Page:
What is missing, however, is a clear strategy to seize all this clean energy potential in ways that can provide high quality local jobs and supply chains.
Alongside renewable energy, Cumbria could also become one of the country’s hubs for nature-based solutions. The county is the one of the most rural places in England, with rich agricultural resources and landscapes that attract almost 50 million visitors a year. With the UK’s departure from the EU, the reshaping of agricultural subsidies holds out the potential for new business models built around enhancing natural capital, not least through carbon storage. One priority could be to improve the management of peatland in the Lake District, which holds about 23 million tonnes of carbon. Cumbria is also one of five pilot areas trialing the development of the Local Nature Recovery Strategy (LNRS) and this could be the starting point for kick-starting business and financing models attracting new investment into nature restoration. This will also be critical to strengthen resilience to the physical impacts of climate change.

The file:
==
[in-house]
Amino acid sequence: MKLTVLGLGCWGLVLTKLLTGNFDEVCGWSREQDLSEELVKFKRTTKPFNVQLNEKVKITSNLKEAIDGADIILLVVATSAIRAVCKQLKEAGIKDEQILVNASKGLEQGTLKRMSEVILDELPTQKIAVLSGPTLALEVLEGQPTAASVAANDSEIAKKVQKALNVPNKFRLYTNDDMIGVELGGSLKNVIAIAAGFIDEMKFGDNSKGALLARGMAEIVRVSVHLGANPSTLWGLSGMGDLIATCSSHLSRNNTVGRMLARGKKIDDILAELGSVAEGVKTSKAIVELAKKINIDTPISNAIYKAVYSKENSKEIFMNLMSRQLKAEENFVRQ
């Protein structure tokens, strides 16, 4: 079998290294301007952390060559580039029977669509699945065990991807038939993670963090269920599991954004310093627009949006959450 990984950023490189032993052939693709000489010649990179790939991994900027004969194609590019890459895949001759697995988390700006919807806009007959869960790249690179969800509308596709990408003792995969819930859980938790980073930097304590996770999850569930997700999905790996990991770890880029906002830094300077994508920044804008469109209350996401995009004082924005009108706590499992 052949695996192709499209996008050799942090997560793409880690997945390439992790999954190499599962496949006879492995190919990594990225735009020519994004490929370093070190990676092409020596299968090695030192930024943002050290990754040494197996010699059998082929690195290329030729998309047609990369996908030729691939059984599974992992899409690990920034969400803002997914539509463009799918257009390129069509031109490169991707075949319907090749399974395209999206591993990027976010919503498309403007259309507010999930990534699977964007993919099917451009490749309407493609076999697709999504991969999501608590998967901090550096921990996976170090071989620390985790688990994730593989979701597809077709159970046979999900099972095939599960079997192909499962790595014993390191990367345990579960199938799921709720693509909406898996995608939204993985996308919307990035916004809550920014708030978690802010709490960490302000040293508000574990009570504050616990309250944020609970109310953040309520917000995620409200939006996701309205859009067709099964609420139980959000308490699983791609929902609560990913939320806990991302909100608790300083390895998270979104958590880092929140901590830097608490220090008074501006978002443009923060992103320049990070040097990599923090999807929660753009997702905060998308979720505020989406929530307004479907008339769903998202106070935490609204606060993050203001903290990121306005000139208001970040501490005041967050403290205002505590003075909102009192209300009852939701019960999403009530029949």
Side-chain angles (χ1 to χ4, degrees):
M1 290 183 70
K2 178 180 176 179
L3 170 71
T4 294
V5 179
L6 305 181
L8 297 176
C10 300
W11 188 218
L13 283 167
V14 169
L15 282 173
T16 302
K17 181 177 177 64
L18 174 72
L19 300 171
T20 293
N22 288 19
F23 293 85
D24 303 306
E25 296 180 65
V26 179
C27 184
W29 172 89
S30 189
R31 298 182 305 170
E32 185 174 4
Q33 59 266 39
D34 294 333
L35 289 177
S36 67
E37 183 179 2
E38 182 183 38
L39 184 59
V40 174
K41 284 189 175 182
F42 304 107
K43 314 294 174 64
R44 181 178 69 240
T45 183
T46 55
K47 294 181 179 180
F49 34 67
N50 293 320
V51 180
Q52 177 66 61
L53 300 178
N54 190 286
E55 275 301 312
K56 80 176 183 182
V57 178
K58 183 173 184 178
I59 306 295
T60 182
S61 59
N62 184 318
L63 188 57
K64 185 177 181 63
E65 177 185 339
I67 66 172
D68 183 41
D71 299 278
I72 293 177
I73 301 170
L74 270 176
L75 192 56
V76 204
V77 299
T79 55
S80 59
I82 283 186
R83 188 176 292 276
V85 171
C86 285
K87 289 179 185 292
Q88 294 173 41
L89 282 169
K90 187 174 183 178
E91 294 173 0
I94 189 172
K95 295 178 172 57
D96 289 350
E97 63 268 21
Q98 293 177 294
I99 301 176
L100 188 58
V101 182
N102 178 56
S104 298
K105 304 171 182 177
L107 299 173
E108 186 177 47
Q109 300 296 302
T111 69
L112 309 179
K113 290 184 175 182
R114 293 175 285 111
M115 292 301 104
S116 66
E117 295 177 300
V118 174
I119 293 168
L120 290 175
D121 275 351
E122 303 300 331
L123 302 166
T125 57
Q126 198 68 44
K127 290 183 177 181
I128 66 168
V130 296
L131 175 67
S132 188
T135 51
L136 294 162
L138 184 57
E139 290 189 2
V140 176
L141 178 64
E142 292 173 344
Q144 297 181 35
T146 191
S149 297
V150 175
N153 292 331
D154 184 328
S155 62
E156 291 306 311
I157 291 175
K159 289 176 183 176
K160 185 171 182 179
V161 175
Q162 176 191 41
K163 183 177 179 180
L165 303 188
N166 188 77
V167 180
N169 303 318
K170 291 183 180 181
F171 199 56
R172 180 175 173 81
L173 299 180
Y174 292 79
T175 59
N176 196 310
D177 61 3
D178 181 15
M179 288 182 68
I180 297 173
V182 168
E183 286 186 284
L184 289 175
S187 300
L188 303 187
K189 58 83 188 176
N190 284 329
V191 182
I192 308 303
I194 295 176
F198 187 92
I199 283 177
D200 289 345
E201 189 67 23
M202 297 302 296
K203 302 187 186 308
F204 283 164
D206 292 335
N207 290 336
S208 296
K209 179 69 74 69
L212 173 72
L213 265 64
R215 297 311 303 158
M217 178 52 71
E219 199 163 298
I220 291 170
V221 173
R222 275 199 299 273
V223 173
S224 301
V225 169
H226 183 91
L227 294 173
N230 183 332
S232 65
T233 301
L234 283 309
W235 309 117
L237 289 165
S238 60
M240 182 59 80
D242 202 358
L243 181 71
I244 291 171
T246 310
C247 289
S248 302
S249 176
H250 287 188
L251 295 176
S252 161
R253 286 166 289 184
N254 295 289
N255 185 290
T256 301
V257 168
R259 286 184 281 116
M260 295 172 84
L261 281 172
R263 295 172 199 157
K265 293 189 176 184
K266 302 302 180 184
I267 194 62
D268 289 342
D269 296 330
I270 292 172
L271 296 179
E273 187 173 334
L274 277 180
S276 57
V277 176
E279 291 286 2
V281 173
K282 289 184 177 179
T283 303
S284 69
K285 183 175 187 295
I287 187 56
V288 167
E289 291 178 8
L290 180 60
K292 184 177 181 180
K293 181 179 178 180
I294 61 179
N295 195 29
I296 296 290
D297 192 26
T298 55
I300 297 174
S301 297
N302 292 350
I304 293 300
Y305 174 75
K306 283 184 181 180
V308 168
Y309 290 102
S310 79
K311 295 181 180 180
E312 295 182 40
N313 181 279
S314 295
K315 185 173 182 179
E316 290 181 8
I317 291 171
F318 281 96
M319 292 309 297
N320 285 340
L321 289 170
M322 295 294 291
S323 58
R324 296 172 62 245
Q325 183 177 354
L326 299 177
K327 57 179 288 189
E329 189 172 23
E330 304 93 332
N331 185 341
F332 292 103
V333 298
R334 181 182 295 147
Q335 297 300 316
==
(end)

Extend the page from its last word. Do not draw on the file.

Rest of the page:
2. Economic renewal through local net zero plans This pillar would focus on the development of local net zero plans to drive economic renewal, not least for the housing sector and transport system. The county’s economic strategy already highlights the construction sector as a strength, supporting 14,000 jobs and involving over 800 small businesses. This sector will provide the foundation for retrofitting every building in the county that needs it, to be energy efficient, net zero and resilient to flooding.
There is also the option in some areas to include large scale district heating networks, along with area-based retrofits focusing on entire streets and communities. Here, a special focus on social housing and low income households presents the prospect of a triple dividend: lower energy bills, better health and reduced pollution.
Transport infrastructure will also need rethinking to deliver zero emission connectivity across this rural region, rolling out electric vehicle infrastructure as well as expanding public transport and rail links. Taking an active approach to the net zero transition could also be the basis to realise Cumbria’s ambitions in advanced manufacturing across the industrial, transport, built environment and nature-based solution sectors. A new report by Cumbria Action for Sustainability (CAfS) will shortly set out the county’s green jobs potential.